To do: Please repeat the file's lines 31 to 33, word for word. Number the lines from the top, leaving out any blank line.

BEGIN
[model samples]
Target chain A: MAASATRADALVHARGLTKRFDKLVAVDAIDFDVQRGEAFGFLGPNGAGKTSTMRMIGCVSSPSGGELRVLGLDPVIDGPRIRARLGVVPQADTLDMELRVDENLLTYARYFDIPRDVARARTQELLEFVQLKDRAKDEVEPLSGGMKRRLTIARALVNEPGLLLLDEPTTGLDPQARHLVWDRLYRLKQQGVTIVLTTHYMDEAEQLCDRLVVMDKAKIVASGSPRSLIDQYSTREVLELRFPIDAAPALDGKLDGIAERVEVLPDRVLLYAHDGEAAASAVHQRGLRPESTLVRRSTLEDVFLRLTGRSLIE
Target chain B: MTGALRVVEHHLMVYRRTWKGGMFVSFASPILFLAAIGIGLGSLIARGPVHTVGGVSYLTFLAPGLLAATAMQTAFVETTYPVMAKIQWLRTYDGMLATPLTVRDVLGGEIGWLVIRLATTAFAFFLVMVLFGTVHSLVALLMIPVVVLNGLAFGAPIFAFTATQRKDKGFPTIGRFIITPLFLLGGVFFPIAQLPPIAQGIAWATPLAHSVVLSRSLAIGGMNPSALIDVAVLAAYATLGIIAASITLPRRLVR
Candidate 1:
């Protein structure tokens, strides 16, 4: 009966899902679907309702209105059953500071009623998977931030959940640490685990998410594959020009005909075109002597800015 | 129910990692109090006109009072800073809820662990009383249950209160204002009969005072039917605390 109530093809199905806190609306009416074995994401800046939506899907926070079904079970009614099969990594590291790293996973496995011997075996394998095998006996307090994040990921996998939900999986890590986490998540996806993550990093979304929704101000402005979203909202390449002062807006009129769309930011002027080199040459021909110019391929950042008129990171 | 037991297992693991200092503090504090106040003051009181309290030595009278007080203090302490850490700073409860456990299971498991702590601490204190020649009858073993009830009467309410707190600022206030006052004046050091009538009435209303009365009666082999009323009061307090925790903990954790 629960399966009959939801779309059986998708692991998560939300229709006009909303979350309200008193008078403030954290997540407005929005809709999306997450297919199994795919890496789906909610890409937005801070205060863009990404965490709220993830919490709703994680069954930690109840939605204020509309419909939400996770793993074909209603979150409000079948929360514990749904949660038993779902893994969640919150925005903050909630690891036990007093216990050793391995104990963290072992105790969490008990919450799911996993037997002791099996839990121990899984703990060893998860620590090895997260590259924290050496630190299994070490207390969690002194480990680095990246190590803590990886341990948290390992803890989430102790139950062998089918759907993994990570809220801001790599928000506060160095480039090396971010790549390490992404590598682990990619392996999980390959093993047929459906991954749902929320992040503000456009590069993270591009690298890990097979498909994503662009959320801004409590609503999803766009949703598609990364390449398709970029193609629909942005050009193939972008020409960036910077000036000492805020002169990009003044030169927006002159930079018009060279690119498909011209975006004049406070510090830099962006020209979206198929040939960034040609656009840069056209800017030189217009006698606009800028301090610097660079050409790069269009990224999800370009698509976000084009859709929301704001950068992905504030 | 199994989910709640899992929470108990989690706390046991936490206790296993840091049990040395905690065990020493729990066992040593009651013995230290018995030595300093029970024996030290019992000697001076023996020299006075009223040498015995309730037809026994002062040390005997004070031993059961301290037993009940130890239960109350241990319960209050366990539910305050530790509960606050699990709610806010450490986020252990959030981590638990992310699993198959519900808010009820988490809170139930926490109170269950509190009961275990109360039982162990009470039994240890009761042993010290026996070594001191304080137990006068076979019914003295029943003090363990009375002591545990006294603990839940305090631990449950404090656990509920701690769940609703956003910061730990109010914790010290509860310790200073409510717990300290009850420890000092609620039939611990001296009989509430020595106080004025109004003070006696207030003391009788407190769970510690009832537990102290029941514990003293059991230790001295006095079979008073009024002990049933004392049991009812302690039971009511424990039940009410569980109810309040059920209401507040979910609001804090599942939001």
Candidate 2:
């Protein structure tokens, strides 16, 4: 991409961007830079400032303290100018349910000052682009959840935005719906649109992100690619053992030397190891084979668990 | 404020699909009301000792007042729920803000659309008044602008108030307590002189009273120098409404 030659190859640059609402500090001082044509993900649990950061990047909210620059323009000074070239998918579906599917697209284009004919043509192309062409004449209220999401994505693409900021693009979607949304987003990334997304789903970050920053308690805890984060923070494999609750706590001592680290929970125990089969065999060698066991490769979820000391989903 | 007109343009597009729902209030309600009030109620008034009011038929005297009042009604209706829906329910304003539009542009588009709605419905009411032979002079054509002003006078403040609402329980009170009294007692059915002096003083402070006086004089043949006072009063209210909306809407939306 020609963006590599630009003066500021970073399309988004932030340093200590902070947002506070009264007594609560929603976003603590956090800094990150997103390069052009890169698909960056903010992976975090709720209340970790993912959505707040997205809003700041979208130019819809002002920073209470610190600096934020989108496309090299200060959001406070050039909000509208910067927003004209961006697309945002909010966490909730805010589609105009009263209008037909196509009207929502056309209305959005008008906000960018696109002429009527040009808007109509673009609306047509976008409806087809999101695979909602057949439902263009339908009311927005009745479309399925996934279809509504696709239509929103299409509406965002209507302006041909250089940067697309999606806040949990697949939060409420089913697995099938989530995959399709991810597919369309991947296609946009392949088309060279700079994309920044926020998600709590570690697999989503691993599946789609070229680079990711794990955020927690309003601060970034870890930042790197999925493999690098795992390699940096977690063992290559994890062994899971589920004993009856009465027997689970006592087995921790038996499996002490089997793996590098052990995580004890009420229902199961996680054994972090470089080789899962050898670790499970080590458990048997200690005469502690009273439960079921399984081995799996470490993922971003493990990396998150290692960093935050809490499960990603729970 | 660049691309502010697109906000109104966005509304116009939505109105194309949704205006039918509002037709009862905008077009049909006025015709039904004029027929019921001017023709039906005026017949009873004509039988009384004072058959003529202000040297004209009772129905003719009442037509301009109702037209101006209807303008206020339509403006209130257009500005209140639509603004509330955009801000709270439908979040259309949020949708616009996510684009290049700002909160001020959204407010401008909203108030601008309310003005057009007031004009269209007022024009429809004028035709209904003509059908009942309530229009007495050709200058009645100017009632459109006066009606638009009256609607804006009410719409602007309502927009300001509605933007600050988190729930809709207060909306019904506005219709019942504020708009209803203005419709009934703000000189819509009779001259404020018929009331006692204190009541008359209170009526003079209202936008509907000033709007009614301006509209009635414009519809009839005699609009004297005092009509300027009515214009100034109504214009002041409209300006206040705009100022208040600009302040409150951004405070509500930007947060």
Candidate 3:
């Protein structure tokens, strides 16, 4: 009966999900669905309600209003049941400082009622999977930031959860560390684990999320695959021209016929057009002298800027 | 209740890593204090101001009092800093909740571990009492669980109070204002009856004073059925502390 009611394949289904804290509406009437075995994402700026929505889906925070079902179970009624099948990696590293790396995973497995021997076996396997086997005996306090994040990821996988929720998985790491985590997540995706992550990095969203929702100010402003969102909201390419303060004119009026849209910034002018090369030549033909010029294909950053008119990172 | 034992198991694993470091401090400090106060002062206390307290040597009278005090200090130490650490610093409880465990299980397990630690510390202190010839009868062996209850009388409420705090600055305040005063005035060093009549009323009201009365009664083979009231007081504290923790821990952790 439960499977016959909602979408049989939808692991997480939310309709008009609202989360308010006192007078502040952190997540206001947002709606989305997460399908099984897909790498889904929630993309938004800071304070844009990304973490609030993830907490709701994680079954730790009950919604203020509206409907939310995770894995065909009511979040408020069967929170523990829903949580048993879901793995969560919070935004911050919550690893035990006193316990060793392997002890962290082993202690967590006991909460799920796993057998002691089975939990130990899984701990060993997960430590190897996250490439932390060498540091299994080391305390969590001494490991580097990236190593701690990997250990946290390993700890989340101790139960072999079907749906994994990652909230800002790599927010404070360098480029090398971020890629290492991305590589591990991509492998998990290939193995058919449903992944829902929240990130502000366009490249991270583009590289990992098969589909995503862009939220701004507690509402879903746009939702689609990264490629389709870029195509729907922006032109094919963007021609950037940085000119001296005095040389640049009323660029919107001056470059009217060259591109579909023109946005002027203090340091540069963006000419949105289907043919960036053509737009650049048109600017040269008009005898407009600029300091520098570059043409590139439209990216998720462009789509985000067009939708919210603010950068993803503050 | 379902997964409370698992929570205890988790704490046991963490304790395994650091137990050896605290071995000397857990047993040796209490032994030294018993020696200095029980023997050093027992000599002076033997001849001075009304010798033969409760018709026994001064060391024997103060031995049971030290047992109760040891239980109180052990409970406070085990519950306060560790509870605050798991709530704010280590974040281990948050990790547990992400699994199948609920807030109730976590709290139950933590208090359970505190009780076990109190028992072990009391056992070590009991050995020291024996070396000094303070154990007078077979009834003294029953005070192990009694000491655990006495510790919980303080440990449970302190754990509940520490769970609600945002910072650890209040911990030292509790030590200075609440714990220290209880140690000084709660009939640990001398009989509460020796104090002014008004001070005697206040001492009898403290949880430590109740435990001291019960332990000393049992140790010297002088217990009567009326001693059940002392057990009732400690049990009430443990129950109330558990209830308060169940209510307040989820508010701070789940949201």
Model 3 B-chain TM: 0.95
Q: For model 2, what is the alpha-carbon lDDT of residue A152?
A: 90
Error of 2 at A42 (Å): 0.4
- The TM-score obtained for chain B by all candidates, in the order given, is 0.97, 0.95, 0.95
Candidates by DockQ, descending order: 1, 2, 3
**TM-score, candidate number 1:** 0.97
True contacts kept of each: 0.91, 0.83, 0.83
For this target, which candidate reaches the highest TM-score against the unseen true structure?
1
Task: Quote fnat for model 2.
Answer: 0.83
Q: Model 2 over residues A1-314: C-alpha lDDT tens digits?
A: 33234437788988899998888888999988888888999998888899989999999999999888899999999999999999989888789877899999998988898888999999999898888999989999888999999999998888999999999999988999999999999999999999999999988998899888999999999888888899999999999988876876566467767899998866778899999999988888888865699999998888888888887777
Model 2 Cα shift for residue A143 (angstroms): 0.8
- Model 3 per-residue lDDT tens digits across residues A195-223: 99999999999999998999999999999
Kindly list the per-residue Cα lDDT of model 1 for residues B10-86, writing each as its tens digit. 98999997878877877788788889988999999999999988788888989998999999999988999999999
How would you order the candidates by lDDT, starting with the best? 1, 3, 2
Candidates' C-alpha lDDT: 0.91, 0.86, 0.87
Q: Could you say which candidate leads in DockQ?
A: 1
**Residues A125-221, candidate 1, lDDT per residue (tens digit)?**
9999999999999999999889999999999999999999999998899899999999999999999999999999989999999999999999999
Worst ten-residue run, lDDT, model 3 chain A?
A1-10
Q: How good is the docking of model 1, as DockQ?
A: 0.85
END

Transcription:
**Residues A125-221, candidate 1, lDDT per residue (tens digit)?**
9999999999999999999889999999999999999999999998899899999999999999999999999999989999999999999999999
Worst ten-residue run, lDDT, model 3 chain A?